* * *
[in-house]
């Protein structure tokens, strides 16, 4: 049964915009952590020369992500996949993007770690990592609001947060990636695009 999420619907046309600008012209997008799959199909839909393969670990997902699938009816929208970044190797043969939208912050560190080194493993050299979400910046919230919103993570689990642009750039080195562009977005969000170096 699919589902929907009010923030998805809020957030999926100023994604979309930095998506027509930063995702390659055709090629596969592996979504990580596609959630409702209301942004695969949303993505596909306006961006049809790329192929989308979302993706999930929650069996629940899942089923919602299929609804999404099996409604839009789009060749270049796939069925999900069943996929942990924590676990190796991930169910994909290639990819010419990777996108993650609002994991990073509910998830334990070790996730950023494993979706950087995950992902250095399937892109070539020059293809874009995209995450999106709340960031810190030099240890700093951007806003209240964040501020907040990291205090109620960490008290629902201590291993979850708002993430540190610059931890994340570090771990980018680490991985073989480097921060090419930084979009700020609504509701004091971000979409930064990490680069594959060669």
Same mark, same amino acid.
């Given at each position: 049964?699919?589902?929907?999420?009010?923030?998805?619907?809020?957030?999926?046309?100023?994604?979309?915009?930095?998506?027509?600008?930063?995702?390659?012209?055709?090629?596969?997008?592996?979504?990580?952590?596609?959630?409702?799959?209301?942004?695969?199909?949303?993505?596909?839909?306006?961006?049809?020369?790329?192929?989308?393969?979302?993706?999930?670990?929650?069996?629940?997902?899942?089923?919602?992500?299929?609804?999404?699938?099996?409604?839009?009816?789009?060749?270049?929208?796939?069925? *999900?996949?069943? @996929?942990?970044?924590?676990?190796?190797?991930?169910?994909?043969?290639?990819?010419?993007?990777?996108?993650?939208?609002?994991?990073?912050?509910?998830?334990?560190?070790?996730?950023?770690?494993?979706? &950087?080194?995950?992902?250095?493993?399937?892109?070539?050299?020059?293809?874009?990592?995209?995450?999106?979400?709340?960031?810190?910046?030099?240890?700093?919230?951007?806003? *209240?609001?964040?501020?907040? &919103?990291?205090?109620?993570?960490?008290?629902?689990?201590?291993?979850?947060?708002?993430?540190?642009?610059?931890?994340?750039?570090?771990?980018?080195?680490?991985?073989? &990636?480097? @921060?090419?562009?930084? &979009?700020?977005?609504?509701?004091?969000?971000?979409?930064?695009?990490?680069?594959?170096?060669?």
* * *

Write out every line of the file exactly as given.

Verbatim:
[in-house]
């Protein structure tokens, strides 16, 4: 049964915009952590020369992500996949993007770690990592609001947060990636695009 999420619907046309600008012209997008799959199909839909393969670990997902699938009816929208970044190797043969939208912050560190080194493993050299979400910046919230919103993570689990642009750039080195562009977005969000170096 699919589902929907009010923030998805809020957030999926100023994604979309930095998506027509930063995702390659055709090629596969592996979504990580596609959630409702209301942004695969949303993505596909306006961006049809790329192929989308979302993706999930929650069996629940899942089923919602299929609804999404099996409604839009789009060749270049796939069925999900069943996929942990924590676990190796991930169910994909290639990819010419990777996108993650609002994991990073509910998830334990070790996730950023494993979706950087995950992902250095399937892109070539020059293809874009995209995450999106709340960031810190030099240890700093951007806003209240964040501020907040990291205090109620960490008290629902201590291993979850708002993430540190610059931890994340570090771990980018680490991985073989480097921060090419930084979009700020609504509701004091971000979409930064990490680069594959060669």
Same mark, same amino acid.
């Given at each position: 049964?699919?589902?929907?999420?009010?923030?998805?619907?809020?957030?999926?046309?100023?994604?979309?915009?930095?998506?027509?600008?930063?995702?390659?012209?055709?090629?596969?997008?592996?979504?990580?952590?596609?959630?409702?799959?209301?942004?695969?199909?949303?993505?596909?839909?306006?961006?049809?020369?790329?192929?989308?393969?979302?993706?999930?670990?929650?069996?629940?997902?899942?089923?919602?992500?299929?609804?999404?699938?099996?409604?839009?009816?789009?060749?270049?929208?796939?069925? *999900?996949?069943? @996929?942990?970044?924590?676990?190796?190797?991930?169910?994909?043969?290639?990819?010419?993007?990777?996108?993650?939208?609002?994991?990073?912050?509910?998830?334990?560190?070790?996730?950023?770690?494993?979706? &950087?080194?995950?992902?250095?493993?399937?892109?070539?050299?020059?293809?874009?990592?995209?995450?999106?979400?709340?960031?810190?910046?030099?240890?700093?919230?951007?806003? *209240?609001?964040?501020?907040? &919103?990291?205090?109620?993570?960490?008290?629902?689990?201590?291993?979850?947060?708002?993430?540190?642009?610059?931890?994340?750039?570090?771990?980018?080195?680490?991985?073989? &990636?480097? @921060?090419?562009?930084? &979009?700020?977005?609504?509701?004091?969000?971000?979409?930064?695009?990490?680069?594959?170096?060669?």